I shot this image a few years ago near San Marco.
Venice is full of beautiful gondolas.
Each one has her own unique character.
The parecio alone would set these two apart.
The "scimiers" on both boats are incredible - a scimier is that decorative piece mounted at the top of the seat-back.
Don't miss the varnished wood floorboards in the gondola on the right.
But it was the carved decks that really caught my eye and made me grab my camera to shoot this photo.
A wedding gondola is not too different from other passenger gondolas.
the dimensions are the same.
The parecio is usually of high quality.
The extra features on the boat are almost always there, and they go above and beyond the "stock" standard.
I'm way beyond judging boats and deeming one better than the other.
each gondola has her own story and they all have histories that are worthy of contemplation.
But my first Venice-built gondola was a wedding gondola, so there's a place in my heart for anything with a hand-carved bow.
The trademark of a wedding gondola is the decks.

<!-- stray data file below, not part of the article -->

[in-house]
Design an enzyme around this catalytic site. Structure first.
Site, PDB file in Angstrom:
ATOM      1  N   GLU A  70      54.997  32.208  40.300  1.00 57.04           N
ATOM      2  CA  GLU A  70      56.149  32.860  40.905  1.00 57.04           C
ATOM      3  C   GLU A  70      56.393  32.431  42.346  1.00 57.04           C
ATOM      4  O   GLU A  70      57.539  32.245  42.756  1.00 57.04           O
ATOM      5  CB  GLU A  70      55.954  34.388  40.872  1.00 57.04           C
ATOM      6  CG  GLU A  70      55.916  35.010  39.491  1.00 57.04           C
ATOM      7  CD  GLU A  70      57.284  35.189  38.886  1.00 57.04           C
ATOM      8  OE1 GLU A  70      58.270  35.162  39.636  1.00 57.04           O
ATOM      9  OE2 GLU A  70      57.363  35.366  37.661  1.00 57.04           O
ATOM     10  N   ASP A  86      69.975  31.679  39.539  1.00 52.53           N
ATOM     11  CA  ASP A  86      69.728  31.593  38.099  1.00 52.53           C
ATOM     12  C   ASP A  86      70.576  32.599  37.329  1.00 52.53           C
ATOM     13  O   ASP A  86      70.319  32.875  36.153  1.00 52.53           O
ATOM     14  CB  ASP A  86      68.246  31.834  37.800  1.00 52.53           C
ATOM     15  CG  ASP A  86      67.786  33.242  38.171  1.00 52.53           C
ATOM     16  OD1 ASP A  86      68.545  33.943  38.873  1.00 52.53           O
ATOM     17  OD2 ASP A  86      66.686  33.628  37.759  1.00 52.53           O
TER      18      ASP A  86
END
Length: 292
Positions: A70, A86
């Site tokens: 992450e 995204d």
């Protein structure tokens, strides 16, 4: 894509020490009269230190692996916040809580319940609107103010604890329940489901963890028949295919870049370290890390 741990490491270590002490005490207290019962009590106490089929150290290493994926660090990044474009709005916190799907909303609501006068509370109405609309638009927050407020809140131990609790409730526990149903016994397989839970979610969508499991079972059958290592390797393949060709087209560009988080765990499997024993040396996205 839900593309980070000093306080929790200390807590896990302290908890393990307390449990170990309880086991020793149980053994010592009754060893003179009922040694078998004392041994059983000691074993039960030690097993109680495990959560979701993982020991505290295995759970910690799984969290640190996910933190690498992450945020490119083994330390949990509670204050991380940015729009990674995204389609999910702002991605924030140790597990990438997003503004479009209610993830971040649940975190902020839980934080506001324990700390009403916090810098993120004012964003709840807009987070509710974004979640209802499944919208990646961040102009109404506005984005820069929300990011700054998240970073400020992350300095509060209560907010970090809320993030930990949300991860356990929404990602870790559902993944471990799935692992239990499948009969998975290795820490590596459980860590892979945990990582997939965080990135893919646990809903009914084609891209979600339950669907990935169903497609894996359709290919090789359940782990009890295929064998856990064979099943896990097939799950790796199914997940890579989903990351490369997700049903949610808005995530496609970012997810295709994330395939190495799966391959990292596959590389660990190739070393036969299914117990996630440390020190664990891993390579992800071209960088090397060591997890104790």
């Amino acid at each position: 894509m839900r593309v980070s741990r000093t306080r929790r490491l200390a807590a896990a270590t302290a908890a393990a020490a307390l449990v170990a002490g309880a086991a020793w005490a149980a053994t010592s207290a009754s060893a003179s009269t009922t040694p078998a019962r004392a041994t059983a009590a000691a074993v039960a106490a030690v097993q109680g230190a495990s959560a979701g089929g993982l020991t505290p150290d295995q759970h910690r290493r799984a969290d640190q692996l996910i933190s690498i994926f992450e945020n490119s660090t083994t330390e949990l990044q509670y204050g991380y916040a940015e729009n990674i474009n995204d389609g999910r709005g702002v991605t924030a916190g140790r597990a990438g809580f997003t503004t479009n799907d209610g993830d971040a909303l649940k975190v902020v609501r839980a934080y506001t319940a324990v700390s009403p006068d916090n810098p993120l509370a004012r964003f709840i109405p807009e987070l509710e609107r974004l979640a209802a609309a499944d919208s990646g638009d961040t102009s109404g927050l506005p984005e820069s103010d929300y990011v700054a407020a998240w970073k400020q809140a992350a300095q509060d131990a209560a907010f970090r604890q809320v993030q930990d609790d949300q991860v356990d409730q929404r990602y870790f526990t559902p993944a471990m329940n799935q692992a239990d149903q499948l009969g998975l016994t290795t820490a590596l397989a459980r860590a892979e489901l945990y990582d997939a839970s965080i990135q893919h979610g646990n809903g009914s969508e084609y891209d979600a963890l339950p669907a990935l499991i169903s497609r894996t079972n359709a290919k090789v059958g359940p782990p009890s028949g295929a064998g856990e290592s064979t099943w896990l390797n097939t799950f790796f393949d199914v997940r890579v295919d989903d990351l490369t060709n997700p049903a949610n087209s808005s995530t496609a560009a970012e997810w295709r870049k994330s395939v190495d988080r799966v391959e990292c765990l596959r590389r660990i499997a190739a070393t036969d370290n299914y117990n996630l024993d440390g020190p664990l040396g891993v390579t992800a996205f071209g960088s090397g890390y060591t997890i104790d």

"Fiuboni" is the term used by gondola builders for the decks - both fore and aft.
The fiuboni are usually made of mahogany, sometimes cedar.
Both woods are hard to carve.
Before a wedding gondola is complete, a special carver is called upon.
These craftsmen are known as a "intagiadóri".
They report to the squero to give special attention th the decks of the gondola in question.
Different intagiadóri have their distinct ways of carving the decks, some specialize in scroll-work, others depict allegorical characters - often Poseidon, mermaids, and other sea-based icons.
When I saw these two gondolas, with their hand-carved decks, reaching for my camera was automatic.